Cancer occurs when cells in the body begin changing and multiplying out of control. These cells can form lumps of tissue called tumors. Cancer that starts in the lining of the uterus is called endometrial cancer.
A woman's uterus is the organ that holds the baby when a woman is pregnant. The endometrium (inner lining of the uterus) plays an important role in reproduction. Each month, the endometrium grows and thickens to prepare for pregnancy. Women who aren't pregnant have monthly periods, during which the endometrium sheds and leaves the body in the form of menstrual blood. When a woman becomes pregnant, the endometrium helps to nourish the growing baby.
The endometrium is the most common place in the uterus for cancer to begin. Cancer can interfere with the working of the uterus and may invade nearby organs. Endometrial cancer may also spread to other parts of the body. This spread is called metastasis. The more cancer spreads, the harder it is to treat.
You and your healthcare provider will discuss a treatment plan that's best for your needs. Treatment options may include:
Surgery to remove the uterus.
Radiation therapy, which uses directed rays of energy to kill cancer cells.
Chemotherapy, which uses strong medications to kill cancer cells.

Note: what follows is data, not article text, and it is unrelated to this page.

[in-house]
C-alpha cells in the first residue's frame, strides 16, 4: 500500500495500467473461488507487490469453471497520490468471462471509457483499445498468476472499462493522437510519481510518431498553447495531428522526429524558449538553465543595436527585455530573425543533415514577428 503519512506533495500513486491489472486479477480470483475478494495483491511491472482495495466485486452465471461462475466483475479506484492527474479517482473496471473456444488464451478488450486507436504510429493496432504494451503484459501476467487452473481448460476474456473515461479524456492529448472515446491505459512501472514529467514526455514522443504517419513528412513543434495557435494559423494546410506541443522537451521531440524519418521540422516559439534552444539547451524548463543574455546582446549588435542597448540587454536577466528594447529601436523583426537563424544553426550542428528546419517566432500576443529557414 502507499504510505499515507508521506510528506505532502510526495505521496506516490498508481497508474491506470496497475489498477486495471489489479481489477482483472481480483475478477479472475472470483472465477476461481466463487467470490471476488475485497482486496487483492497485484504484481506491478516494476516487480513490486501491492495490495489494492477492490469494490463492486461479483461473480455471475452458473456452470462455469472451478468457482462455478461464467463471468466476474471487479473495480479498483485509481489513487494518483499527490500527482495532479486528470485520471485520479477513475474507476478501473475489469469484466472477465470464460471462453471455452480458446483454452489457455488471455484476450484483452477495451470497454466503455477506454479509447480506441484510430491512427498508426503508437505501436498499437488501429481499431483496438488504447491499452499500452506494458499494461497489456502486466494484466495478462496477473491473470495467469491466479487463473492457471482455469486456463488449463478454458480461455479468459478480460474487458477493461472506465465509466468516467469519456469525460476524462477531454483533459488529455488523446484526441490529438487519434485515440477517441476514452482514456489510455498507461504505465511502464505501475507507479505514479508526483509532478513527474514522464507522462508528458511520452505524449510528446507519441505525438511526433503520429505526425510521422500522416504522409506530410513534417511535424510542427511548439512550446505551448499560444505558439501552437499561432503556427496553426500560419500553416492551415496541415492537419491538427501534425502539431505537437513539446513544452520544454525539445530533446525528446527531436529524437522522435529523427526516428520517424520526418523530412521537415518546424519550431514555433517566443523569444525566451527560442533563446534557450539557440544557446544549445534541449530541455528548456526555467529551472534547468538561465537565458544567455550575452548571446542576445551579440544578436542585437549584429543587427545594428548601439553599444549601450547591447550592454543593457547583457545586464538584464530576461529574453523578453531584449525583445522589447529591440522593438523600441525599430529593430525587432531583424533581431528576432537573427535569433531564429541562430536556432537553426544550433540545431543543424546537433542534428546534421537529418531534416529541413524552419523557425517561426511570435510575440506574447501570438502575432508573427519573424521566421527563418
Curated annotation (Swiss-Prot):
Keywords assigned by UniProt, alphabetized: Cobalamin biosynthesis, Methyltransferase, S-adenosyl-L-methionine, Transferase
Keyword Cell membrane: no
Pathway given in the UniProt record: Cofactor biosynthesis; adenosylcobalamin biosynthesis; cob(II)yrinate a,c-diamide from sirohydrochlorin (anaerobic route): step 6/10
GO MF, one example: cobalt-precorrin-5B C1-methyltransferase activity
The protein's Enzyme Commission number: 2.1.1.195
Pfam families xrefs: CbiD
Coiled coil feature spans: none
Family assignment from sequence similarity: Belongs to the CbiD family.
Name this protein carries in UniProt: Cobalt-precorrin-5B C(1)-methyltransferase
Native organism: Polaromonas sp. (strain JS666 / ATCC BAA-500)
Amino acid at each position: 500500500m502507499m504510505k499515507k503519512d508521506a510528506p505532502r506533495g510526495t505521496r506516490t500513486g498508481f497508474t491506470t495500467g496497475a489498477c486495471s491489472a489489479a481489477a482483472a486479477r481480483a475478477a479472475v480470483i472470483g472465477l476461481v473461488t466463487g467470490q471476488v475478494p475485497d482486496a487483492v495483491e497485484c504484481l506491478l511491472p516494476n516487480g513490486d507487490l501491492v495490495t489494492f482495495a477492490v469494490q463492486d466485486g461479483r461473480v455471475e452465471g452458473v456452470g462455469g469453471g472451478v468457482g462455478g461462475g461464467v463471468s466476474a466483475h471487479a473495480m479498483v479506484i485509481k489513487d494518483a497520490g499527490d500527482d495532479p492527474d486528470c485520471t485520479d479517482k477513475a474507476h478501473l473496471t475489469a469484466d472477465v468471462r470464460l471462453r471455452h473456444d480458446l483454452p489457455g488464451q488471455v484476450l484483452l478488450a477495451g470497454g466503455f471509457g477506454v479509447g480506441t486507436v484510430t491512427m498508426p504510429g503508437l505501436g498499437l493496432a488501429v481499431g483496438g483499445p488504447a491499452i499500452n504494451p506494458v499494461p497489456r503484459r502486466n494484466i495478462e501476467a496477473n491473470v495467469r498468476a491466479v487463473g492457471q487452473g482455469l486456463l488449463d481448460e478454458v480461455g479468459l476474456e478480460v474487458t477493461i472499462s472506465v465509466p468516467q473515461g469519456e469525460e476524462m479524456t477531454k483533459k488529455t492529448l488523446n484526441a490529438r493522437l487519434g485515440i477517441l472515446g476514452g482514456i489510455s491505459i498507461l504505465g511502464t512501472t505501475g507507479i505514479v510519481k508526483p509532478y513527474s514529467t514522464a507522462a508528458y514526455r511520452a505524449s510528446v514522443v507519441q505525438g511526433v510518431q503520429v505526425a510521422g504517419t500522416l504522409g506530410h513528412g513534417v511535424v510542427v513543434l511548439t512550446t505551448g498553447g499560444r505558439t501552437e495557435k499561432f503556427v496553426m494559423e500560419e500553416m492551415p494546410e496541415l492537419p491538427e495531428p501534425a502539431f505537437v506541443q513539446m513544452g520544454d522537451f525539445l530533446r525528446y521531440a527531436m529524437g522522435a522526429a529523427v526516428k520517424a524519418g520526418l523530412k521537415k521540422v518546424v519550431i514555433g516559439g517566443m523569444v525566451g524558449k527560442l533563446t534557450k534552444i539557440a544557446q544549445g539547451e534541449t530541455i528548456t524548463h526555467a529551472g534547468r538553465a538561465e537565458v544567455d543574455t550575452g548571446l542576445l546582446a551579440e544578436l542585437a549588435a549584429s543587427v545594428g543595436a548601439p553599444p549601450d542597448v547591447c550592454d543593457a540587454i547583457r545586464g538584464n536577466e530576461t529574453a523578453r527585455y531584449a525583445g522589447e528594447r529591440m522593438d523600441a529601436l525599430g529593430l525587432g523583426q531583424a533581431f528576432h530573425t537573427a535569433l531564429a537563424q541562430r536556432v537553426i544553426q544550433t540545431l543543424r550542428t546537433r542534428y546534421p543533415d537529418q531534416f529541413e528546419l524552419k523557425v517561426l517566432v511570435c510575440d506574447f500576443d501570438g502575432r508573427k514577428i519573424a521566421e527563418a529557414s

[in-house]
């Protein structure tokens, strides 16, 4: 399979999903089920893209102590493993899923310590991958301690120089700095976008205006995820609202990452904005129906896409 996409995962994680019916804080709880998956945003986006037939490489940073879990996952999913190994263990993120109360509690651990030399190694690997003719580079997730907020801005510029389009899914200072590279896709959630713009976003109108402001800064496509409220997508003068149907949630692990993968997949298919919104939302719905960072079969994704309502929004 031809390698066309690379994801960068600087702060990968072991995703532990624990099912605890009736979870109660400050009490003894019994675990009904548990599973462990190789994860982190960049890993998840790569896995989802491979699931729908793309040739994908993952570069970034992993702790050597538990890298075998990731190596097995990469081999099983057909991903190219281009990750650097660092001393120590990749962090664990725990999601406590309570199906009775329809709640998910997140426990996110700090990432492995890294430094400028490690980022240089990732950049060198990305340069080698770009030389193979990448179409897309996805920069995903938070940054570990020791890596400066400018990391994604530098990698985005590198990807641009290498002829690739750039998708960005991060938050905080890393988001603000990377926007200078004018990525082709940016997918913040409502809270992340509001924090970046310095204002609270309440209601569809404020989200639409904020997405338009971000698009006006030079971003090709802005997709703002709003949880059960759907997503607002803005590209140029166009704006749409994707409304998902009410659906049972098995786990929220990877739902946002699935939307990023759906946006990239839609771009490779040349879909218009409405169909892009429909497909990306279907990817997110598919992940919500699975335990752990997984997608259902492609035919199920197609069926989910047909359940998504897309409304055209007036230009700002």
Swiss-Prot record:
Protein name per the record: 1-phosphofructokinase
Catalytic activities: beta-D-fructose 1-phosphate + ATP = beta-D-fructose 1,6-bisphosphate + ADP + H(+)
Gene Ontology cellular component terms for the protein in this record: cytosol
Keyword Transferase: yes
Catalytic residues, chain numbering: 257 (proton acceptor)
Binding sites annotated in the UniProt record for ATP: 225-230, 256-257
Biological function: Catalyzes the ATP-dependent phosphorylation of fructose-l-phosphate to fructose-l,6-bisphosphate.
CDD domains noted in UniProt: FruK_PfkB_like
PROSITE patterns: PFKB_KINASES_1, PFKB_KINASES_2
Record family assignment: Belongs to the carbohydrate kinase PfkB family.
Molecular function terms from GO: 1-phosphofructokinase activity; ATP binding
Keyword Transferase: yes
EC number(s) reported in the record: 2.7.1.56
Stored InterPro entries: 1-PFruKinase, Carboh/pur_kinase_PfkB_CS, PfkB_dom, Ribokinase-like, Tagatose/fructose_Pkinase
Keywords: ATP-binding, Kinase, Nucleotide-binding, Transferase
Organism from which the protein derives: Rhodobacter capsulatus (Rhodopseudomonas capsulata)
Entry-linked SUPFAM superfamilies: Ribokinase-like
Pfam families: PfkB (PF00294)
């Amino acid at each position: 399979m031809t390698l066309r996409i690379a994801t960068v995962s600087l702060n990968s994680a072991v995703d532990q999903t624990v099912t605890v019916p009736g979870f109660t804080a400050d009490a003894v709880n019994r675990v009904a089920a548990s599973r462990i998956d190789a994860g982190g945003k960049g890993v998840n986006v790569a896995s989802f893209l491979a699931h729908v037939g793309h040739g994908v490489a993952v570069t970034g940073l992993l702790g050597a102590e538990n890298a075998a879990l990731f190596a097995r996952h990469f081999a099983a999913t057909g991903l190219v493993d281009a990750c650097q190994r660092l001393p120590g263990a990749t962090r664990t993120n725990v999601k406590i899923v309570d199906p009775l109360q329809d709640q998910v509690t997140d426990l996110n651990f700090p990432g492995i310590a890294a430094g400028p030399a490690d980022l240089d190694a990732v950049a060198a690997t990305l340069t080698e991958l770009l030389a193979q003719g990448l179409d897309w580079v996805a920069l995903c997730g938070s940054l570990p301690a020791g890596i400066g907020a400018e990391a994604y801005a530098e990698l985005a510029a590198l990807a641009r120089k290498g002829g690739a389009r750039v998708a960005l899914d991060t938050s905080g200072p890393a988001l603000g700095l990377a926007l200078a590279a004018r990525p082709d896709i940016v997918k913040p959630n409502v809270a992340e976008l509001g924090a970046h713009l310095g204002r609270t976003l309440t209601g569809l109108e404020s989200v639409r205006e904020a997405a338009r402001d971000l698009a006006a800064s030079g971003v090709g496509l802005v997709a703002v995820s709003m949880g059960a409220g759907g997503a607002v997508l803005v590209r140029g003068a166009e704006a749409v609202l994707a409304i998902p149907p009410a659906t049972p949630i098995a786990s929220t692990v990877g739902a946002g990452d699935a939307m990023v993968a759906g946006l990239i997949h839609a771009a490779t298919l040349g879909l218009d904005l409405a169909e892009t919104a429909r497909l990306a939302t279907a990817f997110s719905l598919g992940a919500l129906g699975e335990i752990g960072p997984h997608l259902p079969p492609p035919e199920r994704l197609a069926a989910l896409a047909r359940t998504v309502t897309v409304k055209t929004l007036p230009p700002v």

Hormone therapy, used in some cases to help slow the growth of cancer cells.
Date Last Reviewed: 2004-09-13T00:00:00-06:00
Date Last Modified: 2002-09-27T00:00:00-06:00
Dr. Marsha Bornt started seeing me when I was in my early twenties (20 years ago). After seeing many doctors, she was the 1st doctor to diagnose me with endometriosis. I went on to have many laparoscopies with her over the years. In my thirties I moved about 45-50 min away from Apple Hill, so I ended up seeing another doctor who performed another laparoscopy...
Staff was very friendly and professional. I had a few questions that the doctor was more than happy to answer for me. I got all that needed to be done in a very timely manner. I was very pleased with my visit. Trying to find a parking spot was very frustrating though. Arrive at least 15 minutes prior to your appointment.
I am always glad to meet with Dr. Bornt. She is very pleasant and makes sure she has answered all your questions or concerns. She is very thorough in her approach about your medical history . . .wants only the best for you as her patient.